As for “moderate” rebels, where are they? US General Lloyd Austin testified to the Senate armed services committee back in September that only “four or five” such rebels were still in the field.
Russia’s intervention led to a rethink as Western governments rapidly claimed the Kremlin was targeting the “moderate opposition” rather than Isis, but this was political spin.
Defeating a threat of this nature requires a dose of cold realism and an understanding of why the threat exists. Isis in Syria has benefited enormously from the West’s sponsorship of the revolt against President Assad.
Isis itself has thanked the United States for weapons drops intended for other rebel groups, but which Isis hoovered up. Opposition fighters armed and trained by the US have, on entering Syria, joined Isis; others have handed their weapons over to it.
Turkey, a Nato member and close ally of the US, Britain and France, has allowed armed fighters to pour over its border into Syria. It continues to bomb and attack Kurdish forces fighting against Isis, even when those same troops are co-ordinating with Washington.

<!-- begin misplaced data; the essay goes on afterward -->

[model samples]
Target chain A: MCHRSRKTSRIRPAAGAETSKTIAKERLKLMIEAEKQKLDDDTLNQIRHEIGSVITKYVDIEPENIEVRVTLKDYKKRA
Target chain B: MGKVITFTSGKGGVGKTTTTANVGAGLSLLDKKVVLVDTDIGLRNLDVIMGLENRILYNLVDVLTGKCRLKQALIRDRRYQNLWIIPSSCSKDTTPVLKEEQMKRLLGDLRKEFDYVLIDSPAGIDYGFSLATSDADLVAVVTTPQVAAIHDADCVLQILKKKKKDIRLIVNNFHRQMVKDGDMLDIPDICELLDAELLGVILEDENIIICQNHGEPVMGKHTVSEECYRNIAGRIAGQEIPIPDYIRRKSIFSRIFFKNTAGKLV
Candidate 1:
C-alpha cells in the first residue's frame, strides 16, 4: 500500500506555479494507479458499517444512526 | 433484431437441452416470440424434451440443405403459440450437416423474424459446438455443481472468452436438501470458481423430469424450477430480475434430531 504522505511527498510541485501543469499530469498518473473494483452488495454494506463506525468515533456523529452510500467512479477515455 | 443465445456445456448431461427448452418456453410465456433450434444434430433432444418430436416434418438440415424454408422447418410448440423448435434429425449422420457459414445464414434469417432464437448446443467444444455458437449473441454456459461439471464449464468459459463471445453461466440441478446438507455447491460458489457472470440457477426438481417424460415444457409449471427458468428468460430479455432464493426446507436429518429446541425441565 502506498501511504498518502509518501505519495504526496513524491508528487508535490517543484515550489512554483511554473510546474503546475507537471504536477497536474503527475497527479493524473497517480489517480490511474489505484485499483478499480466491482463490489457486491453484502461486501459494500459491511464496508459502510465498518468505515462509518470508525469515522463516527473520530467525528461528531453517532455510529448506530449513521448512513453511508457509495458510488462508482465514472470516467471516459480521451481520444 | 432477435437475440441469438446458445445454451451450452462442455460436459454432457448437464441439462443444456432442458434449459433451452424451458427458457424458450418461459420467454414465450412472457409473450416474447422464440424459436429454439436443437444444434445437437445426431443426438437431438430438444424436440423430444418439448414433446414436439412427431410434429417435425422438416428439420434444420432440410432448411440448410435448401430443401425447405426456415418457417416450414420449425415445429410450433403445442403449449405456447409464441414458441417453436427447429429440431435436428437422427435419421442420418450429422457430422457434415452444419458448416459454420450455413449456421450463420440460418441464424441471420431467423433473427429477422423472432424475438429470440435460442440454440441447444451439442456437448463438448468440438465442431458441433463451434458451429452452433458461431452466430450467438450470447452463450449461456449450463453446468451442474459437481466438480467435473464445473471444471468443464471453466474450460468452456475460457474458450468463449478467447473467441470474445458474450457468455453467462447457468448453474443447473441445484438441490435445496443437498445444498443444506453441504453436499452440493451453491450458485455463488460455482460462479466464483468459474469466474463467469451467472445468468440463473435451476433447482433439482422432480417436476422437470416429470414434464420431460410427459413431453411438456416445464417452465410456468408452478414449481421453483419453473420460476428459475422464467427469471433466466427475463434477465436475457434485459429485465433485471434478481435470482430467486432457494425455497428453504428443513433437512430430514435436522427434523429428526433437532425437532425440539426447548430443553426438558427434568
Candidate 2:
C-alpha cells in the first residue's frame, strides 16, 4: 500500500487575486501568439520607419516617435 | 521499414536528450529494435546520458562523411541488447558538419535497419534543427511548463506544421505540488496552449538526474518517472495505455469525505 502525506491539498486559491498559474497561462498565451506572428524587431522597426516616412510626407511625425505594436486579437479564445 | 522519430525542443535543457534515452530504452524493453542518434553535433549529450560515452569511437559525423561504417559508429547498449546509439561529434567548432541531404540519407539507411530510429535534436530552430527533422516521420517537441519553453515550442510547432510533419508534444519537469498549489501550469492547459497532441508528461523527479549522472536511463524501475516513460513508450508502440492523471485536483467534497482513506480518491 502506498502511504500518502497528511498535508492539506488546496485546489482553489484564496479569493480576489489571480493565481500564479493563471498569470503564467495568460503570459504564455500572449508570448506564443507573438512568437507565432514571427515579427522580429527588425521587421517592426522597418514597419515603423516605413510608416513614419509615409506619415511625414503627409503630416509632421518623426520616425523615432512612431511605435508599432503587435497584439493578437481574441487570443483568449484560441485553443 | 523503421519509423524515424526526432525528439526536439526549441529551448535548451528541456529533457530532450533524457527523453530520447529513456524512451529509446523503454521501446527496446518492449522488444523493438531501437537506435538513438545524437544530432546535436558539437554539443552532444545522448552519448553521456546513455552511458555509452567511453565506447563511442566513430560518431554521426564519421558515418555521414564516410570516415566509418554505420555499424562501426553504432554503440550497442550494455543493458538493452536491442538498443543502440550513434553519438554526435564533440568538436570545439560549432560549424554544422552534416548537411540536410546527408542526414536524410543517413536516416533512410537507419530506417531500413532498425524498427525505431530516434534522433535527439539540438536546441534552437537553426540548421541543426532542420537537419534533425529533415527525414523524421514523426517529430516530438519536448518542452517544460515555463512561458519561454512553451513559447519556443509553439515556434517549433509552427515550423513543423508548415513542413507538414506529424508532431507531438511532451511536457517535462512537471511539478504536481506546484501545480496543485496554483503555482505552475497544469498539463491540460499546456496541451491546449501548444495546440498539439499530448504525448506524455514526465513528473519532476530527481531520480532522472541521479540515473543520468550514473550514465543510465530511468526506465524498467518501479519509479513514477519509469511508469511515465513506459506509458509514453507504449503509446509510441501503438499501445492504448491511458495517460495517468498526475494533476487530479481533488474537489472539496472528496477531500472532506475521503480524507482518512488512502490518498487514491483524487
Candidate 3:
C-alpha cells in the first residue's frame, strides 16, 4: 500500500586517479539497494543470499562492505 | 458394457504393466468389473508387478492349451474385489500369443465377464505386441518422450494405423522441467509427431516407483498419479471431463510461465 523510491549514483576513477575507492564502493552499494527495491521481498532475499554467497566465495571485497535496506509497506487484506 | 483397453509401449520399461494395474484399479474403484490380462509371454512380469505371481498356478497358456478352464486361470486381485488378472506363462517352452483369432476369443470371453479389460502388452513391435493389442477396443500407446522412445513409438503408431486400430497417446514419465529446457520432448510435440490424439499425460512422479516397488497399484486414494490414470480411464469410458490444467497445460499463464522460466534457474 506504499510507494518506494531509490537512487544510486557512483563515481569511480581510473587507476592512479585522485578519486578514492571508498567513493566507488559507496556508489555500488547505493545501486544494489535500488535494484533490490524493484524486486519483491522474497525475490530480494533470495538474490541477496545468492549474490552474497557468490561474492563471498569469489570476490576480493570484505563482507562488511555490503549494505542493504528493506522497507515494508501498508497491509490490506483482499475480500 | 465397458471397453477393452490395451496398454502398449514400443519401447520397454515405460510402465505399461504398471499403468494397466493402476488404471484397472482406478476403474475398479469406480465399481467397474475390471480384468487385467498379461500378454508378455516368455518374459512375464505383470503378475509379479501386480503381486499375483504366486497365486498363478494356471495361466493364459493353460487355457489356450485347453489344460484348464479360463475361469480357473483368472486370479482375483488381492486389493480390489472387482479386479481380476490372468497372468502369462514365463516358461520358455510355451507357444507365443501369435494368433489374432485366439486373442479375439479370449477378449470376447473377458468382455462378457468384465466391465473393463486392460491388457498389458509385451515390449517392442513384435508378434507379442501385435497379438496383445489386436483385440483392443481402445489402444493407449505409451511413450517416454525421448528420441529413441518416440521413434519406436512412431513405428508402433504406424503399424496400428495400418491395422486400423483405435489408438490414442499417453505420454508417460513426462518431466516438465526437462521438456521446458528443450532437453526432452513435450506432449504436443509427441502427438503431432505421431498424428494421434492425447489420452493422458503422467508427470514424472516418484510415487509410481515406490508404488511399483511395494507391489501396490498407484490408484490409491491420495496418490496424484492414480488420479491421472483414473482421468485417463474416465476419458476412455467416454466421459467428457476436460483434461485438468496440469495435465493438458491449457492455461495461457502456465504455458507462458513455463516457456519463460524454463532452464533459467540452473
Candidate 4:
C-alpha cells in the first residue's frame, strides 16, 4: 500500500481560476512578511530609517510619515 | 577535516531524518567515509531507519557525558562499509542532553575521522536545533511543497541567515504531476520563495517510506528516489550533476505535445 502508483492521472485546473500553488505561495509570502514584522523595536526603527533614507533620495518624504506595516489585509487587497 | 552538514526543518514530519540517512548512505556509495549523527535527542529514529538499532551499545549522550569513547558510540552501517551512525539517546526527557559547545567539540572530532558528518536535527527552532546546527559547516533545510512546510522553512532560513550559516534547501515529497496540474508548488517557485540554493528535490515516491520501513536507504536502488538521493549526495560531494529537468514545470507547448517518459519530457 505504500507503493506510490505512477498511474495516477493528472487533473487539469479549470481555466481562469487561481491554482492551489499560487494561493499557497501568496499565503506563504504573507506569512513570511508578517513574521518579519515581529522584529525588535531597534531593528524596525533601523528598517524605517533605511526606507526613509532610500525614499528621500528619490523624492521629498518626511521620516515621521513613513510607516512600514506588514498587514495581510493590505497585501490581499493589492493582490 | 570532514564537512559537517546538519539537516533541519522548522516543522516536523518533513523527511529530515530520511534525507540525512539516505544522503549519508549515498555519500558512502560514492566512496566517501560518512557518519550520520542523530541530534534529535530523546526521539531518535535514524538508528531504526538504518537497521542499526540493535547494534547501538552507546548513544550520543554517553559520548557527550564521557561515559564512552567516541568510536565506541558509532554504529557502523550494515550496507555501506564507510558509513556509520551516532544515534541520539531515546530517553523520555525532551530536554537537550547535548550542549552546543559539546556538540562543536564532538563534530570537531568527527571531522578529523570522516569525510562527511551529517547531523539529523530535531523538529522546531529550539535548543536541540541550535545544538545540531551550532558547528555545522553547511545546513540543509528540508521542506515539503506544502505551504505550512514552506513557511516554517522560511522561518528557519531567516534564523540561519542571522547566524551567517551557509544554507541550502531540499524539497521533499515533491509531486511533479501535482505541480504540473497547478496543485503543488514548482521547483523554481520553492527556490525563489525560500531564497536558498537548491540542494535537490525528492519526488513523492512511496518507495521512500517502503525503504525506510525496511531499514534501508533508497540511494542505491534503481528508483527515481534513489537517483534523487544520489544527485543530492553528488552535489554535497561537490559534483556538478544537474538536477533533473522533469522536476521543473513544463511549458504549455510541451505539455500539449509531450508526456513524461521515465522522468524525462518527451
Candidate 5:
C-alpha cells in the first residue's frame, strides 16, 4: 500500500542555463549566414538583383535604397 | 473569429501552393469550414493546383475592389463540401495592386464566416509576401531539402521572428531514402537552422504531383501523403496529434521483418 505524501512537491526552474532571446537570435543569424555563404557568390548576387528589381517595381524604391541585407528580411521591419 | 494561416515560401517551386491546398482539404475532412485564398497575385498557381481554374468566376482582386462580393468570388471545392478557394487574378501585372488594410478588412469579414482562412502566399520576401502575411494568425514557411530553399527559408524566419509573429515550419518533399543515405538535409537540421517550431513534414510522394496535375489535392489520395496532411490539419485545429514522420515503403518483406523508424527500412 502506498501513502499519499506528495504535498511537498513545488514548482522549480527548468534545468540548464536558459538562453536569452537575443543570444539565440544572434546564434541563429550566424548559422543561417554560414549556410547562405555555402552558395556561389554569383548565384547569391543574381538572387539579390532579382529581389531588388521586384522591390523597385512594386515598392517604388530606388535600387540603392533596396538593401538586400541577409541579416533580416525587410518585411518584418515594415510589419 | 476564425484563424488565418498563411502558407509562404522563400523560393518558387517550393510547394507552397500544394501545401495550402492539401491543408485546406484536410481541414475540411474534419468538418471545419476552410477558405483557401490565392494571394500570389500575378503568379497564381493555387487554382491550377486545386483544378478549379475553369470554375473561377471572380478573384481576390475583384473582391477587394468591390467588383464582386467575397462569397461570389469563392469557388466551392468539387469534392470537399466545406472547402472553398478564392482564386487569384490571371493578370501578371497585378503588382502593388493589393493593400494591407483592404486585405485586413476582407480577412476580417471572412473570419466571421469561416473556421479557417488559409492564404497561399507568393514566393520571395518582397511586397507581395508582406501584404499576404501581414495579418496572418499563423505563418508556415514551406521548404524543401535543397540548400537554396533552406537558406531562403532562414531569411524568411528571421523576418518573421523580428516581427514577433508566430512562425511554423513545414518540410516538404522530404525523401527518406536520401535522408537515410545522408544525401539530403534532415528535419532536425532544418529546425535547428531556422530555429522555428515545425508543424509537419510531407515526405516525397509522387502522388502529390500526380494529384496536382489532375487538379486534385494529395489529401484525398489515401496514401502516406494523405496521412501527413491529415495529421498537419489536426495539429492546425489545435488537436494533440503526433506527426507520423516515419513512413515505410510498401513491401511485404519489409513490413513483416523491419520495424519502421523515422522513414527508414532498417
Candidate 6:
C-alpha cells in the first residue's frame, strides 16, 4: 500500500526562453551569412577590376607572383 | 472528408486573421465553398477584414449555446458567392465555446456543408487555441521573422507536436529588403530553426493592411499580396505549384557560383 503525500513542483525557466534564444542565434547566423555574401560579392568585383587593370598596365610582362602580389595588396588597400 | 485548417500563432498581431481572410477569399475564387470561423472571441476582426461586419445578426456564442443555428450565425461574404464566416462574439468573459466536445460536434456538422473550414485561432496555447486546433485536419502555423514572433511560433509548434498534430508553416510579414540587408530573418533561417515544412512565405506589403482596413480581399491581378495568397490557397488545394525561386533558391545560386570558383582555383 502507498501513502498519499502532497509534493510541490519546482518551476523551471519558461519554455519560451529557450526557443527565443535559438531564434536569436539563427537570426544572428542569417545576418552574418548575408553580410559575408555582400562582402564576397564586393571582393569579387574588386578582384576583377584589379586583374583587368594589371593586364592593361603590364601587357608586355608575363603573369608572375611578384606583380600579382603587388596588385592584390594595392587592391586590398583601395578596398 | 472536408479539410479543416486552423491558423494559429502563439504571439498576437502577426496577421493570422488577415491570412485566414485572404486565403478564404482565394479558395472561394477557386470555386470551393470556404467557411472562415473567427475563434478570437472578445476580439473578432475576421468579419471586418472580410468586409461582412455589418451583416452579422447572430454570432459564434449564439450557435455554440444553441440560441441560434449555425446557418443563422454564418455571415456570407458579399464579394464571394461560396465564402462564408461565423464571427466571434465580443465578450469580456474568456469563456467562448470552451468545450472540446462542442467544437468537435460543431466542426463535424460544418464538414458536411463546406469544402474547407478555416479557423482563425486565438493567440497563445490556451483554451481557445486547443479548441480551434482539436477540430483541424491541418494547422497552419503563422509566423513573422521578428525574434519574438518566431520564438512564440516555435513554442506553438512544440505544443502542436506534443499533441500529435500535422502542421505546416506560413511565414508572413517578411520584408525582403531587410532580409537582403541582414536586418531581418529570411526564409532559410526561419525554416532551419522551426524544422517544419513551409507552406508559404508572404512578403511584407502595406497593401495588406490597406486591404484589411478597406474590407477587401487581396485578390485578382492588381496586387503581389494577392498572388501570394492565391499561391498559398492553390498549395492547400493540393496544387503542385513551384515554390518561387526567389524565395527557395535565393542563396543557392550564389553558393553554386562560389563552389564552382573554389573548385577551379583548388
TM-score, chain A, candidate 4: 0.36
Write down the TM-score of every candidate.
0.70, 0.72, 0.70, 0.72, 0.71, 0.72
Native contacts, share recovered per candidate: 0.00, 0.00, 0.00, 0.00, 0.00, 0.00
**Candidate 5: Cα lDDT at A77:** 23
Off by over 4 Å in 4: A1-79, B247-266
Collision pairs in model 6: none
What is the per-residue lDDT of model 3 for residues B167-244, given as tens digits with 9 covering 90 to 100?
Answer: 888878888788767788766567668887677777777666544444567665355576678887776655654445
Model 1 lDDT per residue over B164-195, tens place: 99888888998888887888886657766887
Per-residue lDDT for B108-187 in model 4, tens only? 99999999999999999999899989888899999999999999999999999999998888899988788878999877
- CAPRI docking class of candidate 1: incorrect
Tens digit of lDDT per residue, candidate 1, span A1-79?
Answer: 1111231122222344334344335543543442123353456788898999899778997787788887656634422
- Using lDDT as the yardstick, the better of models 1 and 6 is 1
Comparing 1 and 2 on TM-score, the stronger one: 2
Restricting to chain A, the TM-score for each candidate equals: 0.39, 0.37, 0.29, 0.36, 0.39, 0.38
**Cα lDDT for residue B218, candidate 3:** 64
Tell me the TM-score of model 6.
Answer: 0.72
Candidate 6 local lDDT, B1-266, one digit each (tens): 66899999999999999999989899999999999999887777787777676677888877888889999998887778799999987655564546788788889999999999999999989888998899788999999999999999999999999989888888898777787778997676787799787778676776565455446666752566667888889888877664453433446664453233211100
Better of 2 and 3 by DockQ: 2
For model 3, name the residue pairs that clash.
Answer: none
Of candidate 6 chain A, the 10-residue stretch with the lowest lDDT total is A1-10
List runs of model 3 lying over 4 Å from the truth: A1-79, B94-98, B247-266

The collapse of the Gadaffi regime in Libya following Nato’s intervention on the side of Islamist rebel groups has not only created permanent civil war there, but flooded north Africa with arms, boosting terror organisations across the region.
And the longer story is of course that extremist terror has flourished in Iraq — home, of course, of Isis’s leader Abu Bakr al-Baghdadi — since the US-British invasion of 2003. After years of total denial, even Tony Blair recently acknowledged that there were “elements of truth” in the assessment that Isis was a child of the Iraq war.
Sadly not everyone is willing to learn the lesson. Hence the revolting spectacle of self-righteous Blairites competing to denounce the Stop the War Coalition over the weekend.
Pointing out the causal links between foreign policy decisions and terrorist attacks is a requirement if any serious effort is to be made to prevent such attacks and tackle the situations which give rise to them.